THE LAST act was probably the hardest, but to no one's surprise Richie McCaw nailed it. In some respects playing is the easy bit, even in a 15-year career as brutal and as storied as McCaw's.

The hard bit is knowing the right time to end that career. Retirement strikes fear into players in a more chilling and lasting way than any opponent and so many greats from so many codes have got it wrong.

Not McCaw. That same intuition that saw him read the big games so well told him to get out now: Everyone wants more, so it must be the right time to say goodbye.

He has, as he says, an overwhelming sense of fulfilment and contentment about what he has achieved. He can't think of one single thing he'd like to still do in the game and with that certainty he can walk away knowing he won't be haunted by the dreaded "what if" question that has driven some legendary sporting heroes to a retirement dogged by near madness.

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He was right to take his time to confirm his decision. A bit of him must have been tempted to think about carrying on. There wasn't anything about his mental or physical prowess at the World Cup that suggested last orders were imminent.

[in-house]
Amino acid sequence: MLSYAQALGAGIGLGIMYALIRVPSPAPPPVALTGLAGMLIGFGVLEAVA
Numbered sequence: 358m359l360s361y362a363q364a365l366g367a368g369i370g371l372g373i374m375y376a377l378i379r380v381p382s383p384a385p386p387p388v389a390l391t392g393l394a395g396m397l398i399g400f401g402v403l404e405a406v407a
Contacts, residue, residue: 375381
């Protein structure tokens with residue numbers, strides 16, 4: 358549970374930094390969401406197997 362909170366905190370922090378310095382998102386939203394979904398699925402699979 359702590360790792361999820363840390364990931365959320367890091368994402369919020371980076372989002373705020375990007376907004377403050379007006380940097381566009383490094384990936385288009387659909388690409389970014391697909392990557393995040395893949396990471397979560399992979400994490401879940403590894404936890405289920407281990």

On the contrary. There were six world class loose forwards on show in the World Cup final and one stood out as being that little bit better. It was McCaw.

The rest of the world had a bit of a love-in with David Pocock and Michael Hooper during the tournament. Portrayed as the new kings of the tackled ball, they ended up looking a little Emperor's new clothes by the final whistle. McCaw not only snatched more tackled ball possession than they did, he contributed across a broader portfolio.

Pocock is the greatest one trick pony the game has known, but as Wallaby coach Michael Cheika watched the final play out, he knew that if McCaw had been in his team, the chances were good the outcome would have been different.

The final was another remarkable, near-faultless performance by McCaw and yet it almost went without full recognition. When All Blacks coach Steve Hansen - who was involved in nearly all of McCaw's 148 tests - says he can't recall the skipper having a bad one, that's not nostalgic, rose-tinted remembering.

McCaw really didn't have a bad test and that made his excellence a little harder to detect towards the end of his career. It became almost taken for granted and instead, particularly at the World Cup, the accolades poured in for the likes of Daniel Carter, Jerome Kaino and Ben Smith.

The thing with the former two is that they were being lauded largely because they were returning to the sort of form they had won global recognition for earlier in their careers. Those who drop and climb are easy to see and redemption is a theme that evokes stronger emotional responses.

McCaw was perhaps a victim of his consistency in that people stopped seeing the relentless excellence because it was the norm.

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Watching him maraud across Twickenham like some science-fiction cyborg, he looked like he could go on forever. So what that his 35th birthday is on the horizon, McCaw posted fitness testing results in June that were not only miles ahead of his peers, they were ahead of his younger self.